Siobhan Russell, Age 37, working in the Department: Crown Prosecution Service, Magistrates’ Court Unit, West Midlands as Crown Prosecutor. Read their story below.
Tell us a bit about your journey into the Civil Service
Prior to law, I worked as a funeral arranger. I loved the job, but I was conscious that I had a law degree which I studied for in 2008-2011, that I was not using. I had always wanted to become a lawyer but life gets busy, especially as I am a mother of three. When the SLC announced they were enabling postgraduate loans to be used for LPC LLM courses, I decided to take the plunge, despite being heavily pregnant with my third child. I studied that part-time alongside my job.
I lost my grandfather in 2017 and cared for him at the funeral home. This then pushed me to pursue stepping out into a legal role. I worked as a paralegal for a year and a half, working mostly on the Grenfell Tower inquiry. The skills I developed here helped me finally obtain a training contract with the CPS. After nearly two years I am fully qualified and recently qualified and have not looked back once.
Describe a day in the life at your current role
The beauty of my job is that it is so varied and the human element of it keeps me on my toes. I may be in court one day, presenting cases to a magistrates’ bench or district judge and the next working on fully reviewing case material and progressing a case towards trial or making applications or undertaking legal research. It is difficult to describe a typical day because it really does vary. As a trainee I also completed seats in rape and serious sexual offences and in child protection on secondment. This meant I could explore other areas of law.
Tell us about your Civil Service highlights and successes so far
I am incredibly proud of myself that I managed to be one of the lucky people who got a training contract with CPS. It is a really tough process but one that was well worth sticking with. I have never regretted for a second any of the choices I have made- they were all part of the journey. My qualification date remains the most recent highlight, it was a big deal to someone who never thought that day would arrive. Along the way, I have been fortunate to have high quality work given to me, that has really challenged me.
Tell us a bit about your team/colleagues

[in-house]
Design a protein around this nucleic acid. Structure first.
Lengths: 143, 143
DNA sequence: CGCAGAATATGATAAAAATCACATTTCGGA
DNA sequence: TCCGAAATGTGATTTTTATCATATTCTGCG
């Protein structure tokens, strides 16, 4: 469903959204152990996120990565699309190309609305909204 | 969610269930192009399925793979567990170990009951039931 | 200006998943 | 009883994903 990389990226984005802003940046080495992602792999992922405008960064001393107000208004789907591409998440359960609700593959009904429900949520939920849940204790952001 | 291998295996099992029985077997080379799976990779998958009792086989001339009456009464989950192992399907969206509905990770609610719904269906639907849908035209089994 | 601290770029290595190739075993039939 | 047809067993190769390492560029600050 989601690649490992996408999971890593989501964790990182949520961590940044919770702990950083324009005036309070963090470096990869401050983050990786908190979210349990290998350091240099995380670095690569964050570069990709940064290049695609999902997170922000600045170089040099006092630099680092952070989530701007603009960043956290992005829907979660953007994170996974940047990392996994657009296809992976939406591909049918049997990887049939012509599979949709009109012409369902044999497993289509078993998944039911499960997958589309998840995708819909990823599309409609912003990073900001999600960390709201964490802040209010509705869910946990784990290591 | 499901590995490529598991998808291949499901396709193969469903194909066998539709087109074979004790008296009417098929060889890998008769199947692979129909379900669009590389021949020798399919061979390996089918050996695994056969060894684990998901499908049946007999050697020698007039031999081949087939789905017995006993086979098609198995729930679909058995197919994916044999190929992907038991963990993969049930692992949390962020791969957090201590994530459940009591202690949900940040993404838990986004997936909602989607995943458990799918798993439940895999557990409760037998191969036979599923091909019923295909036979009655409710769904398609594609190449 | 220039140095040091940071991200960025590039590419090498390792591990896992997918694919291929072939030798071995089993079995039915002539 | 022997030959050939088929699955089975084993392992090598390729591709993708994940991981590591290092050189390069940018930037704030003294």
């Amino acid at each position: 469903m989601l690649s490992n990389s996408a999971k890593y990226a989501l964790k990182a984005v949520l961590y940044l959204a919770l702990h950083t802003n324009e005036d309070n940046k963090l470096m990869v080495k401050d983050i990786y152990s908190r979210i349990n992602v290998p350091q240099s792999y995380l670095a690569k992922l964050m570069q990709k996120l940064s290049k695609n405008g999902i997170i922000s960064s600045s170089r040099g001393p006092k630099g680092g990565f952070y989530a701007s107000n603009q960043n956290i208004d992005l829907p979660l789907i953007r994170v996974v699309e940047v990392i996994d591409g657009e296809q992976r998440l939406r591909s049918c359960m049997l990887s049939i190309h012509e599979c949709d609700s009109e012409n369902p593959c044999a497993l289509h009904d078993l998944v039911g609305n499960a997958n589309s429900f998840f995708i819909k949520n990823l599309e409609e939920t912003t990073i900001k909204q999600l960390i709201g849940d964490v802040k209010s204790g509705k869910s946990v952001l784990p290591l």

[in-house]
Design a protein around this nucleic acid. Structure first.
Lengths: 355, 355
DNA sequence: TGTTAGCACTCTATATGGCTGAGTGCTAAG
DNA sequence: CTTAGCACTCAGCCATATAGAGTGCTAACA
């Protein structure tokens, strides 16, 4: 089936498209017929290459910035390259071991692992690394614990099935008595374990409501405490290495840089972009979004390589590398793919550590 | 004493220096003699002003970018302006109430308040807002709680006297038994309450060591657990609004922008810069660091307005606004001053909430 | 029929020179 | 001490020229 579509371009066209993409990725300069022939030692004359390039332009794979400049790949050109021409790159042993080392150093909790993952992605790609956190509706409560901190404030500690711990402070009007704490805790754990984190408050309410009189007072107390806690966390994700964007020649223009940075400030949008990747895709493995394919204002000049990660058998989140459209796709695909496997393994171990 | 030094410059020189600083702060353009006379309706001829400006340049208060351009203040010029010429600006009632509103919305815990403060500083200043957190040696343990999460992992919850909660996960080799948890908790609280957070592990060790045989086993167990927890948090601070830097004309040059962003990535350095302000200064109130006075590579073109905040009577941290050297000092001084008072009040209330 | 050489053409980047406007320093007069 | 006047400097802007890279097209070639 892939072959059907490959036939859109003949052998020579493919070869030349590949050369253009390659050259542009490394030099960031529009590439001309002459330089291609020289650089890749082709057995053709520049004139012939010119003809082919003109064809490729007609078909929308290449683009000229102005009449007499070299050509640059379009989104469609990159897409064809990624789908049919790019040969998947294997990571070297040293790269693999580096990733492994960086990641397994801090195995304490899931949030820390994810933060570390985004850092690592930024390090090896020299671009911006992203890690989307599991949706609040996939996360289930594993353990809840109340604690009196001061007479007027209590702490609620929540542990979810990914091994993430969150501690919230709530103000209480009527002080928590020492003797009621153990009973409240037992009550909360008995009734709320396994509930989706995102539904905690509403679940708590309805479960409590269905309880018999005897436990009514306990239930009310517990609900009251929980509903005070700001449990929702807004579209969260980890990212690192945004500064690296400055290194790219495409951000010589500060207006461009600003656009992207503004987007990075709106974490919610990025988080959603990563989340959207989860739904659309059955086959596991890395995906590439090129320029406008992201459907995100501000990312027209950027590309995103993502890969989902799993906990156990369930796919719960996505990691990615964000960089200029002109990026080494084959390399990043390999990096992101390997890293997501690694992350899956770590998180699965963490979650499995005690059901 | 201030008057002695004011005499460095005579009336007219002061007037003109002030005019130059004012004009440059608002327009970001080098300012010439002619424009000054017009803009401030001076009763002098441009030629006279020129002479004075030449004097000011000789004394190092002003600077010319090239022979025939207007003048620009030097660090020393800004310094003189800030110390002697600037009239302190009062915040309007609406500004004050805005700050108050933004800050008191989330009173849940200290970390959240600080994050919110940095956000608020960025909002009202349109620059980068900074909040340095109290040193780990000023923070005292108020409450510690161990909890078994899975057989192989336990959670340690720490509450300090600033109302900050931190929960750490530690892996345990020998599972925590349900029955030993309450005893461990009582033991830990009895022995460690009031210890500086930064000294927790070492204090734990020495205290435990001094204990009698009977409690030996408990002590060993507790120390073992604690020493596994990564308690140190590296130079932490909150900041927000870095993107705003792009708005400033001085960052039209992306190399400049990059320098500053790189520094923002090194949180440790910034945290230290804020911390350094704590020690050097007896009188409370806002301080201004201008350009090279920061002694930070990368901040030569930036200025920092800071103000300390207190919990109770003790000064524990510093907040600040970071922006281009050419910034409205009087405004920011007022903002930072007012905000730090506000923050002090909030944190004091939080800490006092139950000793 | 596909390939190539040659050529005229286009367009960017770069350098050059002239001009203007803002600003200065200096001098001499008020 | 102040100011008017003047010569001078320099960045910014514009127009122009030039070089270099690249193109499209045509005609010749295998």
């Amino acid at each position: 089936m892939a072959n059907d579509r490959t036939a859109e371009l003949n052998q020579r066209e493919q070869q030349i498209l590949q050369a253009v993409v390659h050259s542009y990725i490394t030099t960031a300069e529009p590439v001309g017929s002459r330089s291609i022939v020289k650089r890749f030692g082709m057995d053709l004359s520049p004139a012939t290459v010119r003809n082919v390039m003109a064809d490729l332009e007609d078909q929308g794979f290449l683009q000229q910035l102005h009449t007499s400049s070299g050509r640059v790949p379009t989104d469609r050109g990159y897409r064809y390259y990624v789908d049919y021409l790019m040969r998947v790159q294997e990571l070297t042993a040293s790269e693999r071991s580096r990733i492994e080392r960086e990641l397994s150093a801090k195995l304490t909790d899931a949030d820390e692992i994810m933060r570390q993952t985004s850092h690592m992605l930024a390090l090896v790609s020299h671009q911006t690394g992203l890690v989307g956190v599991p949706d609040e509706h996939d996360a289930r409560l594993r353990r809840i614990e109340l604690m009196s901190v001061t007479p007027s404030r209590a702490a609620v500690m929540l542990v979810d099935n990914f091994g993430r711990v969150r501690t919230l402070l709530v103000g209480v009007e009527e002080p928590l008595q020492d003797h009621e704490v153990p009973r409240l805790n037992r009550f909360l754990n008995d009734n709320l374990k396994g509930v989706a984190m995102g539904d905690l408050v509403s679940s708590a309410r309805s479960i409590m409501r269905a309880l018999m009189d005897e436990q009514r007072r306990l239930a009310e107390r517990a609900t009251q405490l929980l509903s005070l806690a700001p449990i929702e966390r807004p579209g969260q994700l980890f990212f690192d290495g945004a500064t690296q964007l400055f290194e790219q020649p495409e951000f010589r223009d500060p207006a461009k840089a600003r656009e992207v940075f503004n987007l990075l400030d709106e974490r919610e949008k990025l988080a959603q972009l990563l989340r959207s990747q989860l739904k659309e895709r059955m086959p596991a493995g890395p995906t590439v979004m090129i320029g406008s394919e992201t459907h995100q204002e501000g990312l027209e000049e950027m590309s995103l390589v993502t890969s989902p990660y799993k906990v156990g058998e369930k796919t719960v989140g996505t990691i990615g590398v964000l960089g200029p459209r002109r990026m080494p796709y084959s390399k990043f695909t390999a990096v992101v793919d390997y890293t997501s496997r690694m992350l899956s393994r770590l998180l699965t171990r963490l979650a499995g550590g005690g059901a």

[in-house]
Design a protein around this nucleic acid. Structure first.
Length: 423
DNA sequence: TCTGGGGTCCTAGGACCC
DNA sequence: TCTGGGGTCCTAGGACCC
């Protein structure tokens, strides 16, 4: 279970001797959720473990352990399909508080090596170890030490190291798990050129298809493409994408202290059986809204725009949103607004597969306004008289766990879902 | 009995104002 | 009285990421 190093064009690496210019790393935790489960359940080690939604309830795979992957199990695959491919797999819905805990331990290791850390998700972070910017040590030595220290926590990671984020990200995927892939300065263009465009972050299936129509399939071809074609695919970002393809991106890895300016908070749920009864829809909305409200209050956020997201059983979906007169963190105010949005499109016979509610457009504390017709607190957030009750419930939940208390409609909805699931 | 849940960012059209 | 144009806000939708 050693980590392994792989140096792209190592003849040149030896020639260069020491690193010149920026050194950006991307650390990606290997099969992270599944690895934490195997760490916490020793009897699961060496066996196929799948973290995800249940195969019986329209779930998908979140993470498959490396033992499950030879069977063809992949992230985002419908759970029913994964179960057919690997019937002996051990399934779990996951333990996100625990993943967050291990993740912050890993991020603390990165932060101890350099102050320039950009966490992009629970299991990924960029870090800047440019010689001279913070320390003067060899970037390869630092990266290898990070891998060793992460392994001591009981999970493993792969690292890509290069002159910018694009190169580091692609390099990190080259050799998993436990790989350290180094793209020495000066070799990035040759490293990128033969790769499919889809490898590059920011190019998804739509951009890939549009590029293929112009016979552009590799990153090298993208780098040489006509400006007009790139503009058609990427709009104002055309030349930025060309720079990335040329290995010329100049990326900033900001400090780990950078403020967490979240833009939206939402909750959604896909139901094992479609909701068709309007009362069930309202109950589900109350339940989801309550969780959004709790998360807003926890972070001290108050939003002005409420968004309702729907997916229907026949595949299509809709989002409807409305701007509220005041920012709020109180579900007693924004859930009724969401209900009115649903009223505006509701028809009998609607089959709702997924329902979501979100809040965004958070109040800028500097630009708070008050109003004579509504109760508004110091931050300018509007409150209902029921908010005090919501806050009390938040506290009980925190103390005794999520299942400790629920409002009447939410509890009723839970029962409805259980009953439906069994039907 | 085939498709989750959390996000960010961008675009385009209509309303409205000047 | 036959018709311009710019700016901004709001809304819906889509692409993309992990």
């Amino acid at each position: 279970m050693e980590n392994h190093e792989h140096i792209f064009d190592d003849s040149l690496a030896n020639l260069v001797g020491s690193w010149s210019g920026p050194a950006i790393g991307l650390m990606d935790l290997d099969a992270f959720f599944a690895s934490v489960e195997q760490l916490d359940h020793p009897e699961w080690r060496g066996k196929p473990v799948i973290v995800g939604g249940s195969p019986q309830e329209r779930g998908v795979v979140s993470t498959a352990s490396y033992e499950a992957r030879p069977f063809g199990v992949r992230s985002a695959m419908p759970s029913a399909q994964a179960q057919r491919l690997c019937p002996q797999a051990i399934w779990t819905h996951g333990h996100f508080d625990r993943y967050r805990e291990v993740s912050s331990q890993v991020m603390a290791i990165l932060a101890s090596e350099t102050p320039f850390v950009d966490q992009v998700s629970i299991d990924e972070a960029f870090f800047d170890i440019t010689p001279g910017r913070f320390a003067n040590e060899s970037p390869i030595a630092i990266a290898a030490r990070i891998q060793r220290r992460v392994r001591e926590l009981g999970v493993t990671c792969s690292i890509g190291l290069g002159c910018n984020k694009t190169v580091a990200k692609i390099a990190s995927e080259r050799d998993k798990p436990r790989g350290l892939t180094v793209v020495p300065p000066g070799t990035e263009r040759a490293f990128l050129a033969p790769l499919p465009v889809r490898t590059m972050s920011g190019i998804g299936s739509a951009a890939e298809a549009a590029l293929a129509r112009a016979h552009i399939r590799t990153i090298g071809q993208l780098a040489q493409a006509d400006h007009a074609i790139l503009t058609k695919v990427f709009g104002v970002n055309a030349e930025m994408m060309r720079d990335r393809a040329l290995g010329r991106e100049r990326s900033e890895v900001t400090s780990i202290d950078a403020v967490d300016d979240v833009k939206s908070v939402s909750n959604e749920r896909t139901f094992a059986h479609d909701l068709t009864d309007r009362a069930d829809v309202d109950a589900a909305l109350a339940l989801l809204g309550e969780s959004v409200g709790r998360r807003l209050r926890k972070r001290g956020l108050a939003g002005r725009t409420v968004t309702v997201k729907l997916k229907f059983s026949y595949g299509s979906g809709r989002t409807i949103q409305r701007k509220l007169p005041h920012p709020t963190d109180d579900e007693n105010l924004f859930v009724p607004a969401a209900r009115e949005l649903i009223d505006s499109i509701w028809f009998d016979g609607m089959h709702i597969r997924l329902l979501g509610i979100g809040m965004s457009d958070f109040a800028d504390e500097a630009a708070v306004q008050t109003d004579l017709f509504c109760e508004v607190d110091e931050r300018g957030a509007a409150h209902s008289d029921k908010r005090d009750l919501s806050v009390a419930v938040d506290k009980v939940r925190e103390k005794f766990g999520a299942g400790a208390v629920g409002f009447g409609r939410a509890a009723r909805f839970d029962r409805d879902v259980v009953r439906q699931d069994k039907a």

The CPS has an extremely supportive culture. I have been welcomed into the fold from day one and everyone is always willing to answer a question or explain something when you may be unsure. I have been consistently supported to develop my confidence and grow as a lawyer.
What are your hobbies, and how is your work/life balance?
I am a mother of three and as a result, life is very busy. That said, I have always been afforded a reasonable amount of flexibility and I am trusted to get on with my job- that has been crucial in the last two years of lockdown. My work-life balance is good. I work hard but I am able to approach the management at CPS and discuss these sorts of things. Outside of work, I have special affection for shoes and reading. I spend time with my children and the balance in terms of that is also very good.
What makes you proud to be a Civil Servant?
I feel like I am contributing to society and that what I do matters. It helps massively that the CPS makes clear to all who work there that what they do is valued.
What advice can you give someone unsure about the Civil Service?
For me, I researched the values and culture and they very much aligned with my own personal values. Sometimes it can help to speak to someone who does the role you are interested in and get the real picture of what they do on a daily basis and why they do what they do- what motivates them? I am motivated by the public service element of my job and a sense of justice and fairness. I would absolutely recommend a career in the Civil Service.